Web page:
A long-term focus on jobs built on innovation will stem the flow of people leaving and attract more talent to South Australia, aligning with its stated goal of becoming the entrepreneurship capital of Australia.

A shining example of where Technology has successfully helped transform a traditional business was displayed in the form of the 178-year-old iconic Agri-business Elders.

CEO Mark Allison explaining how technology has played a key role in getting Elders back at the forefront of the market from a position of near-collapse not so long ago.

Climate change and increased demand will see AgTech emerge as a critical area for tomorrow’s Agriculture industry to ensure consistency and longevity of Agriculture.

This was discussed at the recent TedXSydney event ADAPT attended, as analysed in the ADAPT research document:


TEDxSydney 2019 ADAPT Overview – Legacy: We are what we leave behind

The founder of Aussie AgTech company The Yield, Ros Harvey, discussed how technologies like Artificial Intelligence, the Internet of Things, big data and predictive analytics are being used to help farmers optimise their practices to improve their harvest and to reduce food loss to wastage.

She also spoke about the concept of data markets, where partners in the agriculture ecosystem pool and share their data resources to make enhanced predictions of when a crop is ready for harvesting. Data markets take the guesswork out of growing, where one of the biggest unknowns is the weather.

Thus, leveraging data, algorithms and AI to create microclimate extrapolations driving improved yields and resource efficiencies.

It was examples such as this that Mark Ellison sees as the anchor component of new capabilities in the AgTech enabled agriculture industry of the future.


The Bottom Line

Other countries and competitors are aggressively looking at how they can upskill existing workforces and complementing this with emerging technologies such as AI and robotics.

It is essential that Australian organisations embrace technology, innovation and new approaches to work and operate with a continuous development mindset.

CIOs attending the ADAPT CIO Edge conference earlier this year that attracting and retaining talent was their third-highest business priority.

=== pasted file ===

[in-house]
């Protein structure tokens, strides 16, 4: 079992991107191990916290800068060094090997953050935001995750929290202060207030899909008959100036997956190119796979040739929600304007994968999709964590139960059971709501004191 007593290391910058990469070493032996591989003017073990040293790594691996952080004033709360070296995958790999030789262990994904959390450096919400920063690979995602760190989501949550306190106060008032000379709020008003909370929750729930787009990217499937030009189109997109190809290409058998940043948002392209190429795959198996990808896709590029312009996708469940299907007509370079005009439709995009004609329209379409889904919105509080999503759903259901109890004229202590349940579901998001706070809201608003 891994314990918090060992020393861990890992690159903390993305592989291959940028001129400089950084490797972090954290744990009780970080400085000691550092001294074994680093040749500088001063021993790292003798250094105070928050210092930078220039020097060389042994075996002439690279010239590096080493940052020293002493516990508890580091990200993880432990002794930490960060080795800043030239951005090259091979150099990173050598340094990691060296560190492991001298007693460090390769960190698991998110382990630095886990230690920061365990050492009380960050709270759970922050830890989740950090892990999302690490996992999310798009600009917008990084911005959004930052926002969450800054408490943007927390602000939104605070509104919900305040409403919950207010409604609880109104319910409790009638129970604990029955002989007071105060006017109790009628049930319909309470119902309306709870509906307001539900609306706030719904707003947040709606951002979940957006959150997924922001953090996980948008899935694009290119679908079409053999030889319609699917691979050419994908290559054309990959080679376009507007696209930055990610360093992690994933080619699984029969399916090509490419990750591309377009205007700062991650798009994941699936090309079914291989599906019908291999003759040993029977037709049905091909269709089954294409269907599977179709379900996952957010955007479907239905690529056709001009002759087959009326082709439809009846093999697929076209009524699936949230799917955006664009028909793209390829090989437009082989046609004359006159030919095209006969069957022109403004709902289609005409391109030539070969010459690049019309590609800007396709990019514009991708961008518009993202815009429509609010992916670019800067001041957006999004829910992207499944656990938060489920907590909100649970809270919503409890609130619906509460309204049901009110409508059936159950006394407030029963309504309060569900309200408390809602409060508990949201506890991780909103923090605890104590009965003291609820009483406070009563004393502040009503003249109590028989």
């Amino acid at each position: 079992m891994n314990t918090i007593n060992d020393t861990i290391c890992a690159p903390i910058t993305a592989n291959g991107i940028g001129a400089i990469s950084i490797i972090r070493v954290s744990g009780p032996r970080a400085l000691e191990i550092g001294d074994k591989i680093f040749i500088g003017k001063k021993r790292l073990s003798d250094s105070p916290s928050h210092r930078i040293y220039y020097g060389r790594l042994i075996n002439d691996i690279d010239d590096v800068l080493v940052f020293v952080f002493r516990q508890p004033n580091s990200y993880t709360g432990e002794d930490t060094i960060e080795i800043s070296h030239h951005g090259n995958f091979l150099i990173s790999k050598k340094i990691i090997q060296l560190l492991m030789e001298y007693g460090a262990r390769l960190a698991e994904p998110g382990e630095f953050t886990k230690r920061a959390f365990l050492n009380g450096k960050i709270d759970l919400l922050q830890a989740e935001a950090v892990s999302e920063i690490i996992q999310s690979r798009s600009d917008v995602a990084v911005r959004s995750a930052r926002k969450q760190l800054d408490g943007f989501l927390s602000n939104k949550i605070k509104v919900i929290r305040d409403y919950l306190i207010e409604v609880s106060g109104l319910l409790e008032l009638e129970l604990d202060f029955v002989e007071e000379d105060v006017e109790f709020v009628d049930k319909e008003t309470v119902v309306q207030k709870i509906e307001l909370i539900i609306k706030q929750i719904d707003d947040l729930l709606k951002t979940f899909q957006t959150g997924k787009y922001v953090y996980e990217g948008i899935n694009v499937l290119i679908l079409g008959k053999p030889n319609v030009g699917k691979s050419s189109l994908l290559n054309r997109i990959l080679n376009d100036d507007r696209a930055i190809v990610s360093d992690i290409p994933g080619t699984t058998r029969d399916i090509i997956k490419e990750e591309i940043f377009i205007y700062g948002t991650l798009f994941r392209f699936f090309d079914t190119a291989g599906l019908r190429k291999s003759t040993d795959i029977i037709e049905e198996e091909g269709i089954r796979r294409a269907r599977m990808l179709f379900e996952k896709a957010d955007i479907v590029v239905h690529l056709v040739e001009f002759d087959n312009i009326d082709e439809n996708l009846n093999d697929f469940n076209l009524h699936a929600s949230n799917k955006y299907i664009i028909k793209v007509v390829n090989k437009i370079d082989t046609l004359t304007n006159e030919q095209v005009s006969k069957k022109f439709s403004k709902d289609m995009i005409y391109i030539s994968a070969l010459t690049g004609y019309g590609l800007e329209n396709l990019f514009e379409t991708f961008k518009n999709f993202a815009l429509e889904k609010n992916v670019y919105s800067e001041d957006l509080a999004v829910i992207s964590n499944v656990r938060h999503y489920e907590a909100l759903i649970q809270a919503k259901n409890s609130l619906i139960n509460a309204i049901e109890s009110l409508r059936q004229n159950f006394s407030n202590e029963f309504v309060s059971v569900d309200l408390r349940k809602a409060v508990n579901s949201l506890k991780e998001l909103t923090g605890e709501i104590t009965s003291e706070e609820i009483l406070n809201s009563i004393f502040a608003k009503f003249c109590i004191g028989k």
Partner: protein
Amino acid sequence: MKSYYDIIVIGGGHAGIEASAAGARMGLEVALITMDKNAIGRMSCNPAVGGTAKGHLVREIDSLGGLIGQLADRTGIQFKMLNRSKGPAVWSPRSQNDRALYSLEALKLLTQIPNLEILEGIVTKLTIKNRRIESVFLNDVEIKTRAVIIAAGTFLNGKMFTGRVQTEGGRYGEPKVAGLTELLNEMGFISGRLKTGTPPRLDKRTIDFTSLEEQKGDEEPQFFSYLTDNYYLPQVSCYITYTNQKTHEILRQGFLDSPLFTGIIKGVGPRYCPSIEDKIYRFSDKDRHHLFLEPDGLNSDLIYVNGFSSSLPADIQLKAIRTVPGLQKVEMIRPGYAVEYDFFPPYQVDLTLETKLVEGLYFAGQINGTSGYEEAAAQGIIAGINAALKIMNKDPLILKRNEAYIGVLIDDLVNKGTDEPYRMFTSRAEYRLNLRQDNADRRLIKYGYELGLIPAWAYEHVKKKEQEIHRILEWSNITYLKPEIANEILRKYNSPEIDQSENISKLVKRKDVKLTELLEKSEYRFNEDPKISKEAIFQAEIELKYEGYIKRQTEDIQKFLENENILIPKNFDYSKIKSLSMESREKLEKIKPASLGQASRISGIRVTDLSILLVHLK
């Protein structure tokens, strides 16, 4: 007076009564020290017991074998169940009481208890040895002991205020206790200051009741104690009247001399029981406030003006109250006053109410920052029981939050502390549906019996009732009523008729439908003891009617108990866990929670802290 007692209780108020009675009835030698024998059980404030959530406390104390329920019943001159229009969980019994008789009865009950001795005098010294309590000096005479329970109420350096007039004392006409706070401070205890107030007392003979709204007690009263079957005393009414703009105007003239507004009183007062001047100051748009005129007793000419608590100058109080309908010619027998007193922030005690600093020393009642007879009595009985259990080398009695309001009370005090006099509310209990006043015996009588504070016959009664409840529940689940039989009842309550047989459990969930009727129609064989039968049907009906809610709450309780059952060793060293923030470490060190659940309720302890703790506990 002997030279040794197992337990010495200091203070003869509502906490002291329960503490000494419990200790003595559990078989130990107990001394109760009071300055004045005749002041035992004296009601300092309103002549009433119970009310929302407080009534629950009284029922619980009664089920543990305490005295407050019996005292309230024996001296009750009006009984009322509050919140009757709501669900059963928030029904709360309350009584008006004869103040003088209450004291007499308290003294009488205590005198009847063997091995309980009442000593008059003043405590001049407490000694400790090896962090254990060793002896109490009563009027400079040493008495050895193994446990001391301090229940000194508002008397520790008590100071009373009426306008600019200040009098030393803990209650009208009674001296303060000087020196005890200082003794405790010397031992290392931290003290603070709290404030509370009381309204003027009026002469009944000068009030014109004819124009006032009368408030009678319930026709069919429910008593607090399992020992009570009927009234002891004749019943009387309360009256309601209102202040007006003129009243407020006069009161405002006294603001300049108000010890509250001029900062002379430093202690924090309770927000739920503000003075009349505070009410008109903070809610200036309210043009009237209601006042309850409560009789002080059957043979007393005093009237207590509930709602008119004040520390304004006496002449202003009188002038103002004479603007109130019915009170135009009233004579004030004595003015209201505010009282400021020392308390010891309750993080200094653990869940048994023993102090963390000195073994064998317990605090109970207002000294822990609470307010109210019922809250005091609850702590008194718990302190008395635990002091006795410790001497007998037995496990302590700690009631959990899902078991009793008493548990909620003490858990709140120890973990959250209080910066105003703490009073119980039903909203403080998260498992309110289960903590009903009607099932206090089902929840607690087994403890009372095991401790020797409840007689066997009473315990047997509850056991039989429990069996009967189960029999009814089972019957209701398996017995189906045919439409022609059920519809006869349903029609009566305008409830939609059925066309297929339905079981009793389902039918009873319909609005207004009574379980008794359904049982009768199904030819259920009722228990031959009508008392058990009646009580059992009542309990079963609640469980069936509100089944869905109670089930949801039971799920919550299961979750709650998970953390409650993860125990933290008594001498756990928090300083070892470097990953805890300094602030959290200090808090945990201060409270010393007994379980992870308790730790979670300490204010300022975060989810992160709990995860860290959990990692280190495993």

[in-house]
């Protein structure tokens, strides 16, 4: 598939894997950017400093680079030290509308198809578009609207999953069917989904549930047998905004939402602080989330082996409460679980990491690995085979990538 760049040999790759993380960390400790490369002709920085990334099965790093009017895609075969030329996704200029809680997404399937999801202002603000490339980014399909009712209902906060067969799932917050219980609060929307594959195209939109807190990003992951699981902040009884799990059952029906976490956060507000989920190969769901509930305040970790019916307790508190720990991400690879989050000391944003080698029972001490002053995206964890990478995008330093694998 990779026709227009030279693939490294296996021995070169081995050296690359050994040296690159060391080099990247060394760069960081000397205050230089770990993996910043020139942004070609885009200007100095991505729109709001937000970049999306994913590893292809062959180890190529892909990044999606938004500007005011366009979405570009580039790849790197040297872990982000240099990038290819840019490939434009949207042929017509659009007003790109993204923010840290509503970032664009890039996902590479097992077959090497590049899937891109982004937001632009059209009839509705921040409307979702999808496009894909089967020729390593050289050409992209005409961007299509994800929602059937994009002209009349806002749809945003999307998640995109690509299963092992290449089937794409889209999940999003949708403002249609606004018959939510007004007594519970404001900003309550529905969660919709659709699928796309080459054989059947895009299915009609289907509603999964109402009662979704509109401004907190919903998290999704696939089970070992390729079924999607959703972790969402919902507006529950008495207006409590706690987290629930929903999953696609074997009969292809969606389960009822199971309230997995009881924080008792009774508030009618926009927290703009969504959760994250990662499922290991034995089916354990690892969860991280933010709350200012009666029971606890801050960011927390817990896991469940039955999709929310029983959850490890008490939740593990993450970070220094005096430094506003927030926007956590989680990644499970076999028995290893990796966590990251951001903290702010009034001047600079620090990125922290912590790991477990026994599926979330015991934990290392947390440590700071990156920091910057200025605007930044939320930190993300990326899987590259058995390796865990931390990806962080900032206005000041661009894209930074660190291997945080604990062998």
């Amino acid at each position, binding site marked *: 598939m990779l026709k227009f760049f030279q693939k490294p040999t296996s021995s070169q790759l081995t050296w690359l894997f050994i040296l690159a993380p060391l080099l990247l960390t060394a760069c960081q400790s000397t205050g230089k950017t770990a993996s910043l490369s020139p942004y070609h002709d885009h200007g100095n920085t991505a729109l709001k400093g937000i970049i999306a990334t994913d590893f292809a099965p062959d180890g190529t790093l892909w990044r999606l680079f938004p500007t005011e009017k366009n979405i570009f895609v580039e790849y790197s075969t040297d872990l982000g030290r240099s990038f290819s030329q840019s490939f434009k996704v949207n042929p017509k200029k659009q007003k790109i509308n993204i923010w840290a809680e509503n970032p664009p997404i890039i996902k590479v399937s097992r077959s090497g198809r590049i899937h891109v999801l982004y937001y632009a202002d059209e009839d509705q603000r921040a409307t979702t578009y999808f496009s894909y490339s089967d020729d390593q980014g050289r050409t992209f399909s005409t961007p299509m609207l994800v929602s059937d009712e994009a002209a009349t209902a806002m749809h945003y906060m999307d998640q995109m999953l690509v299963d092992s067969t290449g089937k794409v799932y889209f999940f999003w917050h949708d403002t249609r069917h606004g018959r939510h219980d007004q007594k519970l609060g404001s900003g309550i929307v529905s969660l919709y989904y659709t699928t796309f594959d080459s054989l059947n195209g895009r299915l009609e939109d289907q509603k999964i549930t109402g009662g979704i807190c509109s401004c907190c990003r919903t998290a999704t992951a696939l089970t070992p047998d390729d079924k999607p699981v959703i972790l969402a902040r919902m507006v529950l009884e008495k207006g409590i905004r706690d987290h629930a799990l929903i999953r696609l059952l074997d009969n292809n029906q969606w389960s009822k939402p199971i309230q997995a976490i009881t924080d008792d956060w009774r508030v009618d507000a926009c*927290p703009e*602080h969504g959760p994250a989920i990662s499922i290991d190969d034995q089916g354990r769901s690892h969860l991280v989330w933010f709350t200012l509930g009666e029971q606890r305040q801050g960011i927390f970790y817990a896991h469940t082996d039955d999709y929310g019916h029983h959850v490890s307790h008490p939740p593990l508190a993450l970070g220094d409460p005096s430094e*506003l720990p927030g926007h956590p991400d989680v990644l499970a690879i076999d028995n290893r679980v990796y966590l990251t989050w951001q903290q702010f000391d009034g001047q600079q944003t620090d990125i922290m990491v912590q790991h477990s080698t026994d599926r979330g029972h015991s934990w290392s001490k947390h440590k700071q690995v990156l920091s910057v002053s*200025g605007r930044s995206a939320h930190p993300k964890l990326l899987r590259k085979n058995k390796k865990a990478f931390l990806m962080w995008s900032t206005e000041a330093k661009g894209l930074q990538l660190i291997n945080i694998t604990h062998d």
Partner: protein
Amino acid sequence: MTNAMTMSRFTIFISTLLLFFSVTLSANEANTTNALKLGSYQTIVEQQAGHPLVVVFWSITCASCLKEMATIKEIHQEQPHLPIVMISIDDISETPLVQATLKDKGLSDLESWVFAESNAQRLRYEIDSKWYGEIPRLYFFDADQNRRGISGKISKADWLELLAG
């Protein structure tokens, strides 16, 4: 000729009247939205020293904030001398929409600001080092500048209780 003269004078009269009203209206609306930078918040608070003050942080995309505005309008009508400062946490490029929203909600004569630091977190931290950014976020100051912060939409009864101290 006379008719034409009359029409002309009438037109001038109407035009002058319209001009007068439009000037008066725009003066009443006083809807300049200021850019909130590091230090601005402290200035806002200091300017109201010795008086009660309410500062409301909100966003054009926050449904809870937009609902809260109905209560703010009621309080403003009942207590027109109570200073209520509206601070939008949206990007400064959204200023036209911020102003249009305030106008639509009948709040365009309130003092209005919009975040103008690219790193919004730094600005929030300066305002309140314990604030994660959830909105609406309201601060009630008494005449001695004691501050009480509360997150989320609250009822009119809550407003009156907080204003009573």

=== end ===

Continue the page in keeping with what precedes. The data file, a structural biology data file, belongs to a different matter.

We should not fear new technologies, such as AI/Robotics/ML etc. rather look at how we can leverage the technologies to augment our existing skills.

Like South Australia, on a much larger scale, is proving, this is the key to acquiring new talent, while at the same time reducing attrition rates of existing skills:

South Australia has historically, not had a people first mindset in regard to its economy, its renewed focus on people and technology has led to a claimed  31% reduction in net interstate migration, it plans to further reduce this by driving more jobs and opportunities in technology related fields.”


Photo by Renewal SA

Matt Boon Senior Research Director
As Senior Research Director at ADAPT, Matt Boon is responsible for directing and developing ADAPTs research content and positions. In his role... More

As Senior Research Director at ADAPT, Matt Boon is responsible for directing and developing ADAPTs research content and positions.

In his role at ADAPT Boon advises C-Suite executives across the end-user and technology provider landscape. Boon is also responsible for bringing together groups of C-Suite leaders to discuss and prepare for the myriad of challenges and opportunities they face.

ADAPT hosts numerous industry-leading IT-focused events annually and Boon is responsible for hosting, chairing and delivering ADAPT independent content and positions to help attendees make informed IT decisions.

Hiring, Culture & Skills